Abstract 18191: Myocardial Haemorrhage Following Reperfused Acute Myocardial Infarction is a Predictor of Adverse Left Ventricular Remodelling and Late Ventricular Arrhythmia
Background: Reperfusion of severely ischaemic myocardium can lead to interstitial haemorrhage due to irreversible vascular injury. Haemorrhagic infarction can be detected in vivo by cardiovascular magnetic resonance (CMR) as hypointense signal on T2-weighted (T2W) and T2* imaging. However, the clinical implications of myocardial haemorrhage following acute myocardial infarction (AMI) remain undetermined.
Objectives: To assess whether the presence of myocardial haemorrhage influences ventricular remodelling and risk of late ventricular arrhythmia following primary percutaneous coronary intervention (PPCI) for acute myocardial infarction (AMI).
Methods: Forty-eight patients with first ST elevation AMI, treated successfully with PPCI, underwent CMR at day 2 and 3 months. Left ventricular end-diastolic volume (LVEDV), end-systolic volume (LVESV) and ejection fraction (LVEF) were determined from cine-CMR, infarct size and microvascular obstruction (MVO) from gadolinium enhanced images and area at risk (AAR) from T2W-CMR. Myocardial haemorrhage was defined as hypointense signal within the AAR on both T2W and T2* images. All patients had a signal-averaged electrocardiogram at three months.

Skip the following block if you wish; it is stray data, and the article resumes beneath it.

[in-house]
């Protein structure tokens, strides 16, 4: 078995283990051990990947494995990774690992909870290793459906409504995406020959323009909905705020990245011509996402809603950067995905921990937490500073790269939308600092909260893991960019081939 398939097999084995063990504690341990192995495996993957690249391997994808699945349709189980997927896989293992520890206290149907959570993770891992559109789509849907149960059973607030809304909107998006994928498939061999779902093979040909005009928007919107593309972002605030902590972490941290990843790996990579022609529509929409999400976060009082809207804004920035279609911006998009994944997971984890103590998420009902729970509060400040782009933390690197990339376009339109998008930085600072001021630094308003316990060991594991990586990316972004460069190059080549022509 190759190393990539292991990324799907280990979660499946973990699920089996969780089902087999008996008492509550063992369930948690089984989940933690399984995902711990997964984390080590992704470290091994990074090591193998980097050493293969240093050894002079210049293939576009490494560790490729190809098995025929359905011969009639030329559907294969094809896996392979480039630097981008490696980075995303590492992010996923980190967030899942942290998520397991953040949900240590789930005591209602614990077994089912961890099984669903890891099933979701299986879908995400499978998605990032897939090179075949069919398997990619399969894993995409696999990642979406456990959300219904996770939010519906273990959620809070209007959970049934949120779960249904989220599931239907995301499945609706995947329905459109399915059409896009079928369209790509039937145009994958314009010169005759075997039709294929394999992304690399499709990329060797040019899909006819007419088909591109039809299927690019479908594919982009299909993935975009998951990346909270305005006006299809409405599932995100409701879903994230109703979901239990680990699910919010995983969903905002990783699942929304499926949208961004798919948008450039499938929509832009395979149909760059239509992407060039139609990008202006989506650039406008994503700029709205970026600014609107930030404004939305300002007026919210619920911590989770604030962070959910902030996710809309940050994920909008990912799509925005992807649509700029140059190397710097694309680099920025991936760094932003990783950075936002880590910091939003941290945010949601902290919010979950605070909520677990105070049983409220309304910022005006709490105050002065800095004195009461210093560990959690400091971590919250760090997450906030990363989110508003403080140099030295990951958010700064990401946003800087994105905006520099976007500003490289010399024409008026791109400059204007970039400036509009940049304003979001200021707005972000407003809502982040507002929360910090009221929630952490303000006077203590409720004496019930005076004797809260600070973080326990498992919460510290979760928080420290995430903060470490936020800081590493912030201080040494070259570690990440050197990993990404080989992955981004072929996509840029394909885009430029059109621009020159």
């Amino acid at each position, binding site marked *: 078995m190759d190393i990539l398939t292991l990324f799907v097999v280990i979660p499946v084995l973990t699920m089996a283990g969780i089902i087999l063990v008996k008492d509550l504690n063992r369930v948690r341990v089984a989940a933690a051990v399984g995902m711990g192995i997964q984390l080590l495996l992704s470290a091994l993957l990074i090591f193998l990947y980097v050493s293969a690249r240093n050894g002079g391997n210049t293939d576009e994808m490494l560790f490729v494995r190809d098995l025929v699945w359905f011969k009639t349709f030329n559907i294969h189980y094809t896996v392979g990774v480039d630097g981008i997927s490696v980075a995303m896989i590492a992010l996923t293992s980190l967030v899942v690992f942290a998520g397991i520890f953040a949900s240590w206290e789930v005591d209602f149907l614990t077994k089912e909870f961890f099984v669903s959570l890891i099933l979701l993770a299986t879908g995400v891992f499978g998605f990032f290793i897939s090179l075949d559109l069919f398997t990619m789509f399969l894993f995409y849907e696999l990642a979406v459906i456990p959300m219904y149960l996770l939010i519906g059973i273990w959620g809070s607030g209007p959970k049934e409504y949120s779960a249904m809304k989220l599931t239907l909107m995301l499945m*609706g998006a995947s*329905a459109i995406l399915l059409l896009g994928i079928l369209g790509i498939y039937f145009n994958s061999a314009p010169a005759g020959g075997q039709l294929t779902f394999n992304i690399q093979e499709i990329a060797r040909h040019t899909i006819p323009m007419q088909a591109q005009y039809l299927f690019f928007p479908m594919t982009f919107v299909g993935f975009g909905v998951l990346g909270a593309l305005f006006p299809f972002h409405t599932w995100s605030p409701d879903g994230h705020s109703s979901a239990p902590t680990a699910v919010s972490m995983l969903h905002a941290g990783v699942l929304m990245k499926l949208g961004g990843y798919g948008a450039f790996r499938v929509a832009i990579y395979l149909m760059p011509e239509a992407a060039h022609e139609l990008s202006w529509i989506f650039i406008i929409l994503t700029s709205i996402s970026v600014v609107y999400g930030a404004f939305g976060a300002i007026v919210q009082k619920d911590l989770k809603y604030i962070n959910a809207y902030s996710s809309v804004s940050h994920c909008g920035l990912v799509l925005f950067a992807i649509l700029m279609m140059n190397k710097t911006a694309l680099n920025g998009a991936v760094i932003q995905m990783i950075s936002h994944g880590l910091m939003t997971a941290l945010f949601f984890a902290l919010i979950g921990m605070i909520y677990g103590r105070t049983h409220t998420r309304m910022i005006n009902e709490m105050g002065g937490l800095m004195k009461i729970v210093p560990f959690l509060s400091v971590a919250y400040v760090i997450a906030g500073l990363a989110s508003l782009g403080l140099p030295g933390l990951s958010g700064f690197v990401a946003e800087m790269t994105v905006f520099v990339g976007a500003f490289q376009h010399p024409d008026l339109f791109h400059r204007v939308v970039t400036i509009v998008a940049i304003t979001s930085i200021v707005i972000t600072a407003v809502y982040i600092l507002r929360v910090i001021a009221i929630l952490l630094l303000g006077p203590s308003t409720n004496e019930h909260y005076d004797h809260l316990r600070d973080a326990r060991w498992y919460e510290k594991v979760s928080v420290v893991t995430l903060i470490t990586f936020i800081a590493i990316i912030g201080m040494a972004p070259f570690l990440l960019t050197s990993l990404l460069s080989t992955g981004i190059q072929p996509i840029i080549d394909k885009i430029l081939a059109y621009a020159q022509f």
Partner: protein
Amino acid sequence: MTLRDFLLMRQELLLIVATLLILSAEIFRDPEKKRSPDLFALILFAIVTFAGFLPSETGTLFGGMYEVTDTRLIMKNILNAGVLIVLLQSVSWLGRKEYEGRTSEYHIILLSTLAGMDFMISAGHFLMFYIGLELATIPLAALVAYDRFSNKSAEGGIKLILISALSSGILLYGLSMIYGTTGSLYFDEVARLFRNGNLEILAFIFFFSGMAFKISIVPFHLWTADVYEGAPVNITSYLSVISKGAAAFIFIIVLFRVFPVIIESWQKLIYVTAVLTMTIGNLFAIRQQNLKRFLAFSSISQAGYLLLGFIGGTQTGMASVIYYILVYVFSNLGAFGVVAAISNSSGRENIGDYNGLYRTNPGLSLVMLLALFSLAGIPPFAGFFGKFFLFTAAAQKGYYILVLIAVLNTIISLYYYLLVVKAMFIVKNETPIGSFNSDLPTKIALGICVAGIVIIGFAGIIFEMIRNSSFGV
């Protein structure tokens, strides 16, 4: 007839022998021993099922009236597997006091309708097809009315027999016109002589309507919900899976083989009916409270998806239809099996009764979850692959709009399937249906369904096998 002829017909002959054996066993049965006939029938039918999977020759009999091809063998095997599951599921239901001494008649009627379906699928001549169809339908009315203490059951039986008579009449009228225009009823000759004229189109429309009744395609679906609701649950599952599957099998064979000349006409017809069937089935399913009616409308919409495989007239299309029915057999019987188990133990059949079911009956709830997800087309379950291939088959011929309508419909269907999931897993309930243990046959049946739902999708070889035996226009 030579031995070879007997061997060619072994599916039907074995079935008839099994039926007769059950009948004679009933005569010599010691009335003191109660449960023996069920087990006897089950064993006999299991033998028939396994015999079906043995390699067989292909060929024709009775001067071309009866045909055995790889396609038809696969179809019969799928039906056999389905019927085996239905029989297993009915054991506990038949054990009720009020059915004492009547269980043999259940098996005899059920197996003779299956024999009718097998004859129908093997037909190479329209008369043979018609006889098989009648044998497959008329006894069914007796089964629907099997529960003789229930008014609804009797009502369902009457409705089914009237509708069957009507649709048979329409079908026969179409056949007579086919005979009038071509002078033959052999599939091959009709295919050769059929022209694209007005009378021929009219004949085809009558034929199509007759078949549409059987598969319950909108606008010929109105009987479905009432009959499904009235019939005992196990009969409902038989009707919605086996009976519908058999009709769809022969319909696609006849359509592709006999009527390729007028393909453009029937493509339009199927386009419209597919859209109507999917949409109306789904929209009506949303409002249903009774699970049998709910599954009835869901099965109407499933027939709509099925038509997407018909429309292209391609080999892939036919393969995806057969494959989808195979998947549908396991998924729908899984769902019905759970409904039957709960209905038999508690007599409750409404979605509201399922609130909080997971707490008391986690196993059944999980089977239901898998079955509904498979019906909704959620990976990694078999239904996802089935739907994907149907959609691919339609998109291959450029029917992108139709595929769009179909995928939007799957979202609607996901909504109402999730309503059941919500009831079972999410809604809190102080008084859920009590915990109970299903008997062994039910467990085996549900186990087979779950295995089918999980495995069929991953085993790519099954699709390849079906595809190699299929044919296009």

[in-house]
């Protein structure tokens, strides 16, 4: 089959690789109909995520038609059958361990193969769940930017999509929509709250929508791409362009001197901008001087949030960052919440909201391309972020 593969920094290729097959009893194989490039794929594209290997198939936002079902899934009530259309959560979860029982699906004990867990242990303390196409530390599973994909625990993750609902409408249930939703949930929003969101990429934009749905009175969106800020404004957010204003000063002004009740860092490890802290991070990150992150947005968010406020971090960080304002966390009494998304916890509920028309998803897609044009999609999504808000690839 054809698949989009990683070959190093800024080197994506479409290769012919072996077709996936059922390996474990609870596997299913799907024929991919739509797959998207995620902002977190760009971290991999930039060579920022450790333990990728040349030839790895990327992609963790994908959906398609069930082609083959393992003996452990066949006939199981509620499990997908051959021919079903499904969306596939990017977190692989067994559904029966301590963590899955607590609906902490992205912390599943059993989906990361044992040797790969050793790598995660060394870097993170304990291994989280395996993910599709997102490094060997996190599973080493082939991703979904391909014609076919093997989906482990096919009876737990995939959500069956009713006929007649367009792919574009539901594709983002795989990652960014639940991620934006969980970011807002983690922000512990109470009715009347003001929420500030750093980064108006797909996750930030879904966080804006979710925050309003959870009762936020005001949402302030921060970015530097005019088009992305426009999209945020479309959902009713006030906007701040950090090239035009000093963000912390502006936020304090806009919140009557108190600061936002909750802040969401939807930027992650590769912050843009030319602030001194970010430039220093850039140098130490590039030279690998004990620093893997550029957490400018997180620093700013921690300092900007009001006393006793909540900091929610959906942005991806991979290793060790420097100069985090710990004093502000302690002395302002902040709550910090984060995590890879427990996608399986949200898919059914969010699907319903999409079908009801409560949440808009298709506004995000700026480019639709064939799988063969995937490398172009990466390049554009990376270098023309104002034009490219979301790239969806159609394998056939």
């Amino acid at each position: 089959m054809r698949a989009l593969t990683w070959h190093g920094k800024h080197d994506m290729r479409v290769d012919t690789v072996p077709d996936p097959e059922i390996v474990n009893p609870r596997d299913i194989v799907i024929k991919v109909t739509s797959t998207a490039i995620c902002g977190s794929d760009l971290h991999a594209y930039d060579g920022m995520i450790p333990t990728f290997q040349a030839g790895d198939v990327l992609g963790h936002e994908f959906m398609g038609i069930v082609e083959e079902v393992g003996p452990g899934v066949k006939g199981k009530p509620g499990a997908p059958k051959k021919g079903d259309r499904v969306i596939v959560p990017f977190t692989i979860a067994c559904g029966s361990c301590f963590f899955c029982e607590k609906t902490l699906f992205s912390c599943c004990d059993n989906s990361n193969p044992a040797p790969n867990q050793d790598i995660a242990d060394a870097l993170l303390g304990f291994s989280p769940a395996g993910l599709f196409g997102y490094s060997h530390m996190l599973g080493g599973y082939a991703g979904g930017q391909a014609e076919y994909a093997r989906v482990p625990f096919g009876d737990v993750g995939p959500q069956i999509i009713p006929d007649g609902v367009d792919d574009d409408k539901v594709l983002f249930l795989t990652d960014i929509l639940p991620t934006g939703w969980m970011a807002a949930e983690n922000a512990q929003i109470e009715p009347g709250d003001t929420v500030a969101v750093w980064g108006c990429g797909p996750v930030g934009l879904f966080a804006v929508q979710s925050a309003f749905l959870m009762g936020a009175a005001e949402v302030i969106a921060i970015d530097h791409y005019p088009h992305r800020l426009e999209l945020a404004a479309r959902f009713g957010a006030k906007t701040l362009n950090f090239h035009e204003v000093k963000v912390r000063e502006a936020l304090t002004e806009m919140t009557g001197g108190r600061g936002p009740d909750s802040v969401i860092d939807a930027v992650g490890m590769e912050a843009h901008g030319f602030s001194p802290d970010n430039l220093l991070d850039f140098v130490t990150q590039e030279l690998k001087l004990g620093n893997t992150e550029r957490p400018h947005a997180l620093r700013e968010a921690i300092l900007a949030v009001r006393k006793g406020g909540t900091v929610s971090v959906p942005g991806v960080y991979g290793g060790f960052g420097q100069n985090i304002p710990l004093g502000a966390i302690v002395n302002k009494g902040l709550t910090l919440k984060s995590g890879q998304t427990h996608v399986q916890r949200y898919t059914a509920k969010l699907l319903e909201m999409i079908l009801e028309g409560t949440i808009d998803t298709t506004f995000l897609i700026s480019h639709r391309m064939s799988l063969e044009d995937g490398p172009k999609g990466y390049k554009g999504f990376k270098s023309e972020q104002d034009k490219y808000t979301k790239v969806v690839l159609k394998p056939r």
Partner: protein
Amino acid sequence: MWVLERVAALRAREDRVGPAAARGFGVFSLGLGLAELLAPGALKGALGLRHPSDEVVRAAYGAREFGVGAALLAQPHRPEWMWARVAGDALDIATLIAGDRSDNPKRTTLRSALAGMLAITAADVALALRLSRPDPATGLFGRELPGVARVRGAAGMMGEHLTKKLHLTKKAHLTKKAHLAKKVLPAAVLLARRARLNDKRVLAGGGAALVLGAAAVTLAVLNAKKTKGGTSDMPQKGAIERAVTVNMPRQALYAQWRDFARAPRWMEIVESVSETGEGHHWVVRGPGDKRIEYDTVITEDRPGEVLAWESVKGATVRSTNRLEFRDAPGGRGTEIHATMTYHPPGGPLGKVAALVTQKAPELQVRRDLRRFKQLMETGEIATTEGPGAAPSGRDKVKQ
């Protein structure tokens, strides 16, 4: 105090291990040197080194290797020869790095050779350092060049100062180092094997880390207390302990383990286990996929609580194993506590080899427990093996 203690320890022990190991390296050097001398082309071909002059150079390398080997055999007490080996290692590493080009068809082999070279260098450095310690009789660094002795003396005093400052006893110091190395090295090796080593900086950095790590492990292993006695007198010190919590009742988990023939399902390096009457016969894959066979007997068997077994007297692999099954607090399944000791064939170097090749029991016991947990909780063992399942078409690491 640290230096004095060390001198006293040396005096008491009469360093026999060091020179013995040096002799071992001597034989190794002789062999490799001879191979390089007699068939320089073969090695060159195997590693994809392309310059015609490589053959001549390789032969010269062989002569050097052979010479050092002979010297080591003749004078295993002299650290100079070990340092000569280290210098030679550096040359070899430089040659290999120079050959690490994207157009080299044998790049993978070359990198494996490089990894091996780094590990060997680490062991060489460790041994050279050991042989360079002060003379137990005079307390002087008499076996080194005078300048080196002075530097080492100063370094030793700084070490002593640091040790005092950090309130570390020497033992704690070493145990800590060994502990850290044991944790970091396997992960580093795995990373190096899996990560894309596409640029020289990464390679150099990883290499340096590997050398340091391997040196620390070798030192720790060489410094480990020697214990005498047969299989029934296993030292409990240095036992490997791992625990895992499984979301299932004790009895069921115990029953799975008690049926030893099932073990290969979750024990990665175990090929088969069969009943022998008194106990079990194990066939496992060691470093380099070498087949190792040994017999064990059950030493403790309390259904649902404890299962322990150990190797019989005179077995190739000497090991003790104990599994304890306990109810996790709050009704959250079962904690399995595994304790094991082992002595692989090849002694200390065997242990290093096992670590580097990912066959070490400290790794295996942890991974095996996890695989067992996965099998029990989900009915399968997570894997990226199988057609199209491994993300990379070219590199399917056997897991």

Results: 30/48 (63%) patients had MVO and 12 of these showed myocardial haemorrhage by T2W and T2* CMR. Patients with haemorrhagic MI had significantly larger LVEDV and LVESV, lower LVEF and larger infarcts than those with non-haemorrhagic MI at baseline and at 3 months. The presence of haemorrhage was an independent predictor of adverse remodelling, defined as increased LVESV on follow-up (p= 0.001, Hazard Ratio (HR) 1.6). Haemorrhagic infarction was also an independent predictor of a prolonged filtered QRS duration (i.e. >120ms) on signal-averaged ECG at 3 months (p=0.020, HR 1.176).
Conclusions: Myocardial haemorrhage, following reperfused AMI, is common and may be detected by T2W and T2* CMR. Reperfusion haemorrhage is associated with larger infarct size, lower LV ejection fraction and adverse ventricular remodelling. Haemorrhagic infarction is also associated with significant prolongation of QRS duration on signal-averaged electrocardiography and this may predict a greater risk of ventricular arrhythmia in this group of patients.
- © 2010 by American Heart Association, Inc.